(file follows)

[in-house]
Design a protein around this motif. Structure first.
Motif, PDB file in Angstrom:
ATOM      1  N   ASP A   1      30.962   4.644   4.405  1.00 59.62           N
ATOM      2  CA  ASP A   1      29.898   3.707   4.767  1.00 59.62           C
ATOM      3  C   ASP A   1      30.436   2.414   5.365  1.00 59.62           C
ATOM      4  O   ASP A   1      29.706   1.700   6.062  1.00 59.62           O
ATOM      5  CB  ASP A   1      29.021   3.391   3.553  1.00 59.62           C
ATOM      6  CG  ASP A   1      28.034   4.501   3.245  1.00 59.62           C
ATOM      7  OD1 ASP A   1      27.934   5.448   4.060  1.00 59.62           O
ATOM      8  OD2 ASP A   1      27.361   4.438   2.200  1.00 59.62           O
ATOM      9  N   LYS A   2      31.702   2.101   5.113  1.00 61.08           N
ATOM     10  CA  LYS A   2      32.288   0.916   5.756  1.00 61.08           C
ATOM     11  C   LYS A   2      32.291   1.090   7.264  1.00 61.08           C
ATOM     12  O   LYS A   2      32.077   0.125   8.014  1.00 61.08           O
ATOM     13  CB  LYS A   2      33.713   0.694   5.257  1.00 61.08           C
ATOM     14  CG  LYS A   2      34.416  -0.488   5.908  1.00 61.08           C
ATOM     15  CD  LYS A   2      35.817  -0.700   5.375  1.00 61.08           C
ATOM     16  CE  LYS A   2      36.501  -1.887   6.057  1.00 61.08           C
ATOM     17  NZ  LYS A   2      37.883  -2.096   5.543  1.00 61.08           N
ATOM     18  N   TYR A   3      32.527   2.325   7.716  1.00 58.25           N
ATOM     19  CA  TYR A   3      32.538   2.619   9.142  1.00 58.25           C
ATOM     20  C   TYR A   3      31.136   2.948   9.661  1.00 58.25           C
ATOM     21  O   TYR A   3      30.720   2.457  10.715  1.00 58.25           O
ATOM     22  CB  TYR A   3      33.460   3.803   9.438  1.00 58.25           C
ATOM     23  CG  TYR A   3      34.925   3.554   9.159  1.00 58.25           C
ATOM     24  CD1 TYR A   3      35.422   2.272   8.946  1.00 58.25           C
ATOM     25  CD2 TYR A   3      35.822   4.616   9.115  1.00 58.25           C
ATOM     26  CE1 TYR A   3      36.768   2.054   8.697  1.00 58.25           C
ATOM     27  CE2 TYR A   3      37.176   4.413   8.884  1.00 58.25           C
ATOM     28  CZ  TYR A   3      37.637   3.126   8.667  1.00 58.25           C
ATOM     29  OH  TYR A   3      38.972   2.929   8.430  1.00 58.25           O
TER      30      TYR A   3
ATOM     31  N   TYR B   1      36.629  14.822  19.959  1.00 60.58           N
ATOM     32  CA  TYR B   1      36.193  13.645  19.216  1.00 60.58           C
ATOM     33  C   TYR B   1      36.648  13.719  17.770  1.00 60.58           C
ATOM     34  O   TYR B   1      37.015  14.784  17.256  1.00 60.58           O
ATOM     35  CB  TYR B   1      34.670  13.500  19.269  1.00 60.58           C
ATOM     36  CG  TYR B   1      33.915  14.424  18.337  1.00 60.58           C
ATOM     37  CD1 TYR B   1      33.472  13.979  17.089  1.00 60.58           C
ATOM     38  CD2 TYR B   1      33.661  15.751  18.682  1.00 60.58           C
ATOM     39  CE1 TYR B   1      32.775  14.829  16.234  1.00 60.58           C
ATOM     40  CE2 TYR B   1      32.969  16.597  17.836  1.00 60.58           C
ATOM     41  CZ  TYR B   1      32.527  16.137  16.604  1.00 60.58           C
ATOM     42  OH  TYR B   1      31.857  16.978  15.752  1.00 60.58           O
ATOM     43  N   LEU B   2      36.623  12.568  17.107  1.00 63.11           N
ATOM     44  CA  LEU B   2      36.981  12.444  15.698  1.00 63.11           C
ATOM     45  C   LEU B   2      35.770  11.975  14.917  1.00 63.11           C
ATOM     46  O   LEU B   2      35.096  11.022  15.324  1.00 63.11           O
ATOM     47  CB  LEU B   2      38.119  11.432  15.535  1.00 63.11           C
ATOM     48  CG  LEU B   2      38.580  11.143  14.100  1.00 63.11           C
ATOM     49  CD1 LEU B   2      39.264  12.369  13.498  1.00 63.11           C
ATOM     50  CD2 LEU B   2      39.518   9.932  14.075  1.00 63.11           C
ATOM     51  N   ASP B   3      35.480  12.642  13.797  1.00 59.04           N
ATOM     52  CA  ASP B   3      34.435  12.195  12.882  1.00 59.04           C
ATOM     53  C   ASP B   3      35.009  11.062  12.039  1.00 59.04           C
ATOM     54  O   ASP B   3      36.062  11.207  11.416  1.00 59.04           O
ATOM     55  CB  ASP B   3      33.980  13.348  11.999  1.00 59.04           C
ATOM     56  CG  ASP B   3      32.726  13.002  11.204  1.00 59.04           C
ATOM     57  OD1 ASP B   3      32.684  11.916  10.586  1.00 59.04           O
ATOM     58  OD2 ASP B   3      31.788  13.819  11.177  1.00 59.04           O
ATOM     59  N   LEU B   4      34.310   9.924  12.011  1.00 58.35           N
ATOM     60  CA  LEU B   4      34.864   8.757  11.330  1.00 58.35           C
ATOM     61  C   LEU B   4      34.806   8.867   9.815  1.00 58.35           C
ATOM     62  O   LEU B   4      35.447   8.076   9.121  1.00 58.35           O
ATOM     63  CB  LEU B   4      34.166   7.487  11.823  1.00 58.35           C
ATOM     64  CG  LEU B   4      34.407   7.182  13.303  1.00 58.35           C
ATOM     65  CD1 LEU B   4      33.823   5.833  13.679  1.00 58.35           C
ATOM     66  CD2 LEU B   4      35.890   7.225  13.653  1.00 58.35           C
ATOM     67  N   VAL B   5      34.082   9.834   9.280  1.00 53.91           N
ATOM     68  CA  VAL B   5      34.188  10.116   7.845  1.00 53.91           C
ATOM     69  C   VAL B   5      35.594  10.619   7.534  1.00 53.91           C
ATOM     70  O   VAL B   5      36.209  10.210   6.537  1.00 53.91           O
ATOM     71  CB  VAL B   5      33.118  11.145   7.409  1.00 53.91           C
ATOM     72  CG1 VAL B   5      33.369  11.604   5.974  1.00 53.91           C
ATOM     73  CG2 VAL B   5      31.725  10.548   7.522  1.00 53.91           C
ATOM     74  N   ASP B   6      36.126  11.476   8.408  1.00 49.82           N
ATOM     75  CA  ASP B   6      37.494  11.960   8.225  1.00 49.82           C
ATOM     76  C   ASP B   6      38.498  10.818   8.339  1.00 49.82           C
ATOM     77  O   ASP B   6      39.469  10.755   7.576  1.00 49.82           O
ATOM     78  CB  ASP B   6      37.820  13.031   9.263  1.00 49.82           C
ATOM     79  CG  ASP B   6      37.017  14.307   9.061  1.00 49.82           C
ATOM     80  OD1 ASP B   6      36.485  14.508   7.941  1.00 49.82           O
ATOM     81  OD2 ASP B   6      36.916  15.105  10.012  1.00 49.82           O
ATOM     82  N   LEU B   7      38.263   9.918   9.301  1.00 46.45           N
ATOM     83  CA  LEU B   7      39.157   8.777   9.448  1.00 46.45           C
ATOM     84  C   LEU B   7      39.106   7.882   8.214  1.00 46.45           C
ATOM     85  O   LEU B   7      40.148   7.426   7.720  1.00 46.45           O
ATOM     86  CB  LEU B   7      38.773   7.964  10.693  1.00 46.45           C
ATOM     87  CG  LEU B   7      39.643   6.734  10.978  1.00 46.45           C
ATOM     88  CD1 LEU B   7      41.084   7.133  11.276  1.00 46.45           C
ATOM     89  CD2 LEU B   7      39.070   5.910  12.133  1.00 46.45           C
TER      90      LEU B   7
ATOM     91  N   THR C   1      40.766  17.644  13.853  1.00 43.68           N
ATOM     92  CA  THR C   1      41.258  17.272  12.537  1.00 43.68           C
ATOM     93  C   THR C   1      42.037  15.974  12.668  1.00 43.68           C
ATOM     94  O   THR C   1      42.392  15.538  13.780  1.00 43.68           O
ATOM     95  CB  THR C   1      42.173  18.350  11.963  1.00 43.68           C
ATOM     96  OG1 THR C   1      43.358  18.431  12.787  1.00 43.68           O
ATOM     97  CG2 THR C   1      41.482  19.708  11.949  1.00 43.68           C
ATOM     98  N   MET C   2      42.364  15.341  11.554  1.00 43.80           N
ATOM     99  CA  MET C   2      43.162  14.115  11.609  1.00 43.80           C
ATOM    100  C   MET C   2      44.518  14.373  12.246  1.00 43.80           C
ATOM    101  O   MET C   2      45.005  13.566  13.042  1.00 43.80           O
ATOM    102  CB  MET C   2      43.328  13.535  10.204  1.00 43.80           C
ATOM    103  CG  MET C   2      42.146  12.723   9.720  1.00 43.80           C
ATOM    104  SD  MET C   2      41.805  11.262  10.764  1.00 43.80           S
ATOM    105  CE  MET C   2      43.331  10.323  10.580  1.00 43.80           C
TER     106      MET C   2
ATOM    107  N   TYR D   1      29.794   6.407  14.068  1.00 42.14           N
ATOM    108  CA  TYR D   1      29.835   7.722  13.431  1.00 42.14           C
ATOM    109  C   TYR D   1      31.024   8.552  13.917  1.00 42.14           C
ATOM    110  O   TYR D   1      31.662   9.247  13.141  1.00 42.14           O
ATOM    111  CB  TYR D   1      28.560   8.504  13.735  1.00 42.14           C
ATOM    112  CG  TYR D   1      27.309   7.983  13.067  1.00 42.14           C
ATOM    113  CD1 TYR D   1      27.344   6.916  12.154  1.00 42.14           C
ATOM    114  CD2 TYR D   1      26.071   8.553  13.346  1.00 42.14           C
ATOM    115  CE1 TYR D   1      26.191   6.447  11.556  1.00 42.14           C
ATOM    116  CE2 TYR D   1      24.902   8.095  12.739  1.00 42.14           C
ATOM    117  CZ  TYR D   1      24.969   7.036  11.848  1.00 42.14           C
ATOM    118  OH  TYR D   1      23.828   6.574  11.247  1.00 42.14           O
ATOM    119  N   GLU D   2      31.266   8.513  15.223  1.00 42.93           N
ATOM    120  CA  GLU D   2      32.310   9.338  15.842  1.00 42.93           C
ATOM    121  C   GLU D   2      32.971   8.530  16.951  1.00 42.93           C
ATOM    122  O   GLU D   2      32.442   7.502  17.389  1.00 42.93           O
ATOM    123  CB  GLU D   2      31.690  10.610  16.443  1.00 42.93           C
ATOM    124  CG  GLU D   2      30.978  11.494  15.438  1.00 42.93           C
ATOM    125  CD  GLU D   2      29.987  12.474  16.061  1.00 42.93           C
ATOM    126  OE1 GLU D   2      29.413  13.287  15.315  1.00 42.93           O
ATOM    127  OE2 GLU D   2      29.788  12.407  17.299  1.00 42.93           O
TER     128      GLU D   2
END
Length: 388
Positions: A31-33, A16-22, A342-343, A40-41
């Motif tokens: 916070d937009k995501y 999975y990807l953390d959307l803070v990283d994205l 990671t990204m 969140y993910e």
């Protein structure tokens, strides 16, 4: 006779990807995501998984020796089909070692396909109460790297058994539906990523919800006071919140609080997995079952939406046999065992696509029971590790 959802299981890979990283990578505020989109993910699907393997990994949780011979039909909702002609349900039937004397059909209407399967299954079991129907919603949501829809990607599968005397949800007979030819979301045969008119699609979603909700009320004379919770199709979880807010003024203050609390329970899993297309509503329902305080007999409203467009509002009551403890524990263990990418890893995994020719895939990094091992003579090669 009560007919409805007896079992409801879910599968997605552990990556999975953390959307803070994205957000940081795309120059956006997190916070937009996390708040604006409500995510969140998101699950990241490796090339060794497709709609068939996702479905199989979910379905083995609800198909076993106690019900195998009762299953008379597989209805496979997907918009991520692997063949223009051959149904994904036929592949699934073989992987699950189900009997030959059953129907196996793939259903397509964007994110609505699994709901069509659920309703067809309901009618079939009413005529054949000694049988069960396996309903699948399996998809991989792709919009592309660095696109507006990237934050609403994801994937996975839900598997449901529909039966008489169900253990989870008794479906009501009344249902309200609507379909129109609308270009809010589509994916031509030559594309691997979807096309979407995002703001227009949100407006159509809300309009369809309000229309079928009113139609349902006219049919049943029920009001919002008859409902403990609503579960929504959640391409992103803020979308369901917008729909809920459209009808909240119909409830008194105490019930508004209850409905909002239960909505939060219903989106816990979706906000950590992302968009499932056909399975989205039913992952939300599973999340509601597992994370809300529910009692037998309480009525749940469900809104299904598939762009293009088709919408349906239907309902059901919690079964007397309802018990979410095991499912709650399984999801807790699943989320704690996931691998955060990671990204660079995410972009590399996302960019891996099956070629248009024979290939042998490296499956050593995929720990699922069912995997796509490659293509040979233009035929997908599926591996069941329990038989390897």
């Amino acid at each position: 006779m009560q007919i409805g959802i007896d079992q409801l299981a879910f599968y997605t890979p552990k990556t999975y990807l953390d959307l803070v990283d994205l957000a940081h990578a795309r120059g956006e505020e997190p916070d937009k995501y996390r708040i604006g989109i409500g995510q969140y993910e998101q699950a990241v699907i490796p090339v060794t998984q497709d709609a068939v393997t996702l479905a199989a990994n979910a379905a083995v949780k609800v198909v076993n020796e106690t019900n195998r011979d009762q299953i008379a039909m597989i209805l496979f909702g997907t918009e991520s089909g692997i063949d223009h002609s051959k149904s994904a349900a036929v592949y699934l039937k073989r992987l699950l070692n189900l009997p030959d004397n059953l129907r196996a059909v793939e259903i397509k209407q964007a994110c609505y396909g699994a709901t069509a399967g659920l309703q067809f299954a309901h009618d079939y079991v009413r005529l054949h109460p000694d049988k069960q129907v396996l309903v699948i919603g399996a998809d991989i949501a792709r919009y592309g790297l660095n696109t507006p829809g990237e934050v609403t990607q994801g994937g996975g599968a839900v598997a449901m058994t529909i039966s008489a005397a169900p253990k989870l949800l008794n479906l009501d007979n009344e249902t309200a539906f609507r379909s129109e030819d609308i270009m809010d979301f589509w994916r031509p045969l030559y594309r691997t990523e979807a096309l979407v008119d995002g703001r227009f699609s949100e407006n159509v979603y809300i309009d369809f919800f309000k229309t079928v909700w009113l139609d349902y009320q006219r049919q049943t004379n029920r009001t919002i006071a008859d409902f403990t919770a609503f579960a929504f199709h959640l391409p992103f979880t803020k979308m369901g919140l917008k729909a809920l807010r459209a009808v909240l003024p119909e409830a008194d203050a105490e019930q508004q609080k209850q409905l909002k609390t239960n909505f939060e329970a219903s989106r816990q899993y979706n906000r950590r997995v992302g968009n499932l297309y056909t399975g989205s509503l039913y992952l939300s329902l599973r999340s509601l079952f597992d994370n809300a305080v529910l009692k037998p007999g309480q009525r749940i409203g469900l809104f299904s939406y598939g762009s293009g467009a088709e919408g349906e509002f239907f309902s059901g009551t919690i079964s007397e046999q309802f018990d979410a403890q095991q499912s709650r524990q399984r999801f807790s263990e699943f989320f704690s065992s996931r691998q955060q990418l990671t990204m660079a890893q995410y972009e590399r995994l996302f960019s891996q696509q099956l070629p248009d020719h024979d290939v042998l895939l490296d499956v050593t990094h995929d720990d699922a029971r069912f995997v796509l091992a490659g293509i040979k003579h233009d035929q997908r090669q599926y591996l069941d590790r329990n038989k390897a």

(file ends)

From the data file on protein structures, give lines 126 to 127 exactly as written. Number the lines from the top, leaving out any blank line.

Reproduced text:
ATOM    123  CB  GLU D   2      31.690  10.610  16.443  1.00 42.93           C
ATOM    124  CG  GLU D   2      30.978  11.494  15.438  1.00 42.93           C